There are 10 different multiplayer modes to choose from - including Vice City Survivor, the infamous reality TV show mentioned on the airwaves in previous instalments. The so-called Grand Theft Auto mode is a unique car-stealing proposition, where players aim to steal as many cars as possible in exchange for cash - a pleasant distraction from maiming and chaos.
However, the real meat comes in the form of modes like Might of the Hunter, where it's a race to the Hunter attack helicopter and everyone is equipped with rocket launchers. The only way to score a kill is in the helicopter, and staying airborne is a tricky task. Pleasingly, the 'copter actually controls far easier on the PSP, with left and right turns set to the L and R shoulder buttons, and the angle of tilt set to the joynub.
Empire Takedown is a capture-the-flag-style mode where each team must try to capture an explosive briefcase and plant it in the opposing team's base. With a playground the size of most of Vice City to traverse, there's no shortage of tactical movements and coordination with mates to be had.
Wi-Fi with as many other players as possible is the key to having a blast with Vice City Stories' multiplayer. The city is almost too large, and without dedicated levels for having a shootout, it can take a while trying to find an opponent in anything less than a four-player encounter.
That said, although the GTA series has never been known for its looks, Vice City Stories has some niggling presentation issues. Although the draw distance has been improved, it is clearly at the expense of the framerate, which never seems as stable as it was in Liberty City Stories. There are fewer pedestrians and vehicles now, too - apparently there was an issue with 'clumping' of NPCs in the previous game, but now the world seems to err on the sparsely populated side.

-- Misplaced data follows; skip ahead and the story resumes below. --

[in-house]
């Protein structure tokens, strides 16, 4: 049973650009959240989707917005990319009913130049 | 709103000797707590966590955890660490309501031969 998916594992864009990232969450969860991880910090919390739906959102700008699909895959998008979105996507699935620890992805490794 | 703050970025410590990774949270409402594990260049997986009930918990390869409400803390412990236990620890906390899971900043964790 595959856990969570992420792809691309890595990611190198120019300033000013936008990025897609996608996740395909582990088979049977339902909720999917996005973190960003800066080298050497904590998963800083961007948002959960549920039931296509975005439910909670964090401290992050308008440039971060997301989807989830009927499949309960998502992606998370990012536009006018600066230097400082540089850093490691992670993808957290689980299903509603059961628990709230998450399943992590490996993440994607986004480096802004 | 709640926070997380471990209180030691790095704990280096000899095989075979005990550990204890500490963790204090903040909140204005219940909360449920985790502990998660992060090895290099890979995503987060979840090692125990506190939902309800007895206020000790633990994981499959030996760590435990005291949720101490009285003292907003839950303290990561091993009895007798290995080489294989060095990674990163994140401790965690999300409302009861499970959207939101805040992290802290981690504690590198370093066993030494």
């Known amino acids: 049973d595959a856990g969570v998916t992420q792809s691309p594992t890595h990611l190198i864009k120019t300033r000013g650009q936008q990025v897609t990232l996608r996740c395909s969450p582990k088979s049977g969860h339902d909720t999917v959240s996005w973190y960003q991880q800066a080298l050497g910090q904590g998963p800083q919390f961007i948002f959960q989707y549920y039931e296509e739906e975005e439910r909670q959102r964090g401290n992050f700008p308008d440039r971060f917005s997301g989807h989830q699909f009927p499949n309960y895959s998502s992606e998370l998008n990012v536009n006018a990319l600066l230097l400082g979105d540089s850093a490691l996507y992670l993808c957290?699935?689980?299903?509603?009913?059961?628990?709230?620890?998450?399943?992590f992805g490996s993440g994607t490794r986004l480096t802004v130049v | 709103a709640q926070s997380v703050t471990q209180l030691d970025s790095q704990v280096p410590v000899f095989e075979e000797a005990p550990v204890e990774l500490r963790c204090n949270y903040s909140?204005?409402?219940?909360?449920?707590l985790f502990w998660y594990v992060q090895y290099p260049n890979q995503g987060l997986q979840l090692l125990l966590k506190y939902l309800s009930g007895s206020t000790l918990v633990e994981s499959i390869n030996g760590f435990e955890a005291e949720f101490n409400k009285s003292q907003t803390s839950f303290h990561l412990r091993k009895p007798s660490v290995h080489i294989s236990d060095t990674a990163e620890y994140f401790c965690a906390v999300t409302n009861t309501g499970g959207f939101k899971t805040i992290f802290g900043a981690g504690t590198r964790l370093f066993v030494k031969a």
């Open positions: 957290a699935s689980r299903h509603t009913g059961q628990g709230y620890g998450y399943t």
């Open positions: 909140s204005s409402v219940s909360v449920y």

Combat in the game is still a hassle. The lack of a reliable lock-on (we say reliable, since the hold-down lock-on tends to be very twitchy and often targets random bystanders instead of crazed gunmen) is still an issue, but the inclusion of better hand-to-hand combat and takedowns is a welcome addition. A lot of these woes could be addressed if the PSP had a second joynub - it would also fix the camera woes - but this is not to be. As it stands, the controls are about as adequate as past GTA titles have been - if you can deal with those, you'll be fine with this. It's just a bit of an antiquated approach.
Vice City Stories succeeds on almost all levels. In terms of what the PSP is capable of, almost no other games outside of the 'Stories' series come close. It isn't without fault, but the faults lie with the series' trademark rough-edged aiming, camera control and graphics.
It's way too easy, in this age of pint-sized technological wonders, to look a gift horse in the mouth. Sure, it's derivative. Sure, the PSP's buttons and joynub are a tale of pleasure and pain. Maybe Vice City Stories overextends itself a little bit, too. But to compare the title to its PS2 brethren in any negative way neglects how damned cool it is to play a game of this depth, quality and heritage while on a bus or on the go. Like Liberty City Stories before it, Rockstar have shown us once again that they know what they are doing with this series, and they know how to get the most out of their chosen platform.